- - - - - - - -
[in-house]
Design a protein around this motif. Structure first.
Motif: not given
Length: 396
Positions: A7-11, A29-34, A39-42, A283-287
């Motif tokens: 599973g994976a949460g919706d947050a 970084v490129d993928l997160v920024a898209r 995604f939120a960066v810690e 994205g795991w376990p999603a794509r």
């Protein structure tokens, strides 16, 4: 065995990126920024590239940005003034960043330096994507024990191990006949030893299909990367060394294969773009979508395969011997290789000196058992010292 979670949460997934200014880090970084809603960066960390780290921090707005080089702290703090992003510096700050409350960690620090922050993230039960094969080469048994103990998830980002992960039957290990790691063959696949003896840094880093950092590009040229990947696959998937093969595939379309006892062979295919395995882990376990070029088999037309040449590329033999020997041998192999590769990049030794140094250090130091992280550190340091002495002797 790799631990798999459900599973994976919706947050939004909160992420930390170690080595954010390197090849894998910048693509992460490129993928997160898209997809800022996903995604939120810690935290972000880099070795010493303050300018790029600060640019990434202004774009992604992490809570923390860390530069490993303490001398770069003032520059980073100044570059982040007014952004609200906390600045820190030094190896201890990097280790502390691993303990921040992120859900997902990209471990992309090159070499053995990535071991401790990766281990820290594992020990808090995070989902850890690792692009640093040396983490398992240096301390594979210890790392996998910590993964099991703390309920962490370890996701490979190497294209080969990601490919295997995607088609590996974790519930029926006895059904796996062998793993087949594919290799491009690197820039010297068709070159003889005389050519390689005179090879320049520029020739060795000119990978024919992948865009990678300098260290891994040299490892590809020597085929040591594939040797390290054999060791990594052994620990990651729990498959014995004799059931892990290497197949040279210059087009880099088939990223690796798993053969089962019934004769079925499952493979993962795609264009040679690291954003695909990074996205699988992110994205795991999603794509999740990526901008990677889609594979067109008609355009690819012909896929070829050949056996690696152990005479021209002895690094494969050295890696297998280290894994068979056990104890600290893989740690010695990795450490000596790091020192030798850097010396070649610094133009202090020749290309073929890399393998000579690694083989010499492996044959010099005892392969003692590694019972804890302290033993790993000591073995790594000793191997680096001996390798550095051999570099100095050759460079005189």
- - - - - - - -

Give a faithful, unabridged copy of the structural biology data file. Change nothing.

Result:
[in-house]
Design a protein around this motif. Structure first.
Motif: not given
Length: 396
Positions: A7-11, A29-34, A39-42, A283-287
């Motif tokens: 599973g994976a949460g919706d947050a 970084v490129d993928l997160v920024a898209r 995604f939120a960066v810690e 994205g795991w376990p999603a794509r």
């Protein structure tokens, strides 16, 4: 065995990126920024590239940005003034960043330096994507024990191990006949030893299909990367060394294969773009979508395969011997290789000196058992010292 979670949460997934200014880090970084809603960066960390780290921090707005080089702290703090992003510096700050409350960690620090922050993230039960094969080469048994103990998830980002992960039957290990790691063959696949003896840094880093950092590009040229990947696959998937093969595939379309006892062979295919395995882990376990070029088999037309040449590329033999020997041998192999590769990049030794140094250090130091992280550190340091002495002797 790799631990798999459900599973994976919706947050939004909160992420930390170690080595954010390197090849894998910048693509992460490129993928997160898209997809800022996903995604939120810690935290972000880099070795010493303050300018790029600060640019990434202004774009992604992490809570923390860390530069490993303490001398770069003032520059980073100044570059982040007014952004609200906390600045820190030094190896201890990097280790502390691993303990921040992120859900997902990209471990992309090159070499053995990535071991401790990766281990820290594992020990808090995070989902850890690792692009640093040396983490398992240096301390594979210890790392996998910590993964099991703390309920962490370890996701490979190497294209080969990601490919295997995607088609590996974790519930029926006895059904796996062998793993087949594919290799491009690197820039010297068709070159003889005389050519390689005179090879320049520029020739060795000119990978024919992948865009990678300098260290891994040299490892590809020597085929040591594939040797390290054999060791990594052994620990990651729990498959014995004799059931892990290497197949040279210059087009880099088939990223690796798993053969089962019934004769079925499952493979993962795609264009040679690291954003695909990074996205699988992110994205795991999603794509999740990526901008990677889609594979067109008609355009690819012909896929070829050949056996690696152990005479021209002895690094494969050295890696297998280290894994068979056990104890600290893989740690010695990795450490000596790091020192030798850097010396070649610094133009202090020749290309073929890399393998000579690694083989010499492996044959010099005892392969003692590694019972804890302290033993790993000591073995790594000793191997680096001996390798550095051999570099100095050759460079005189």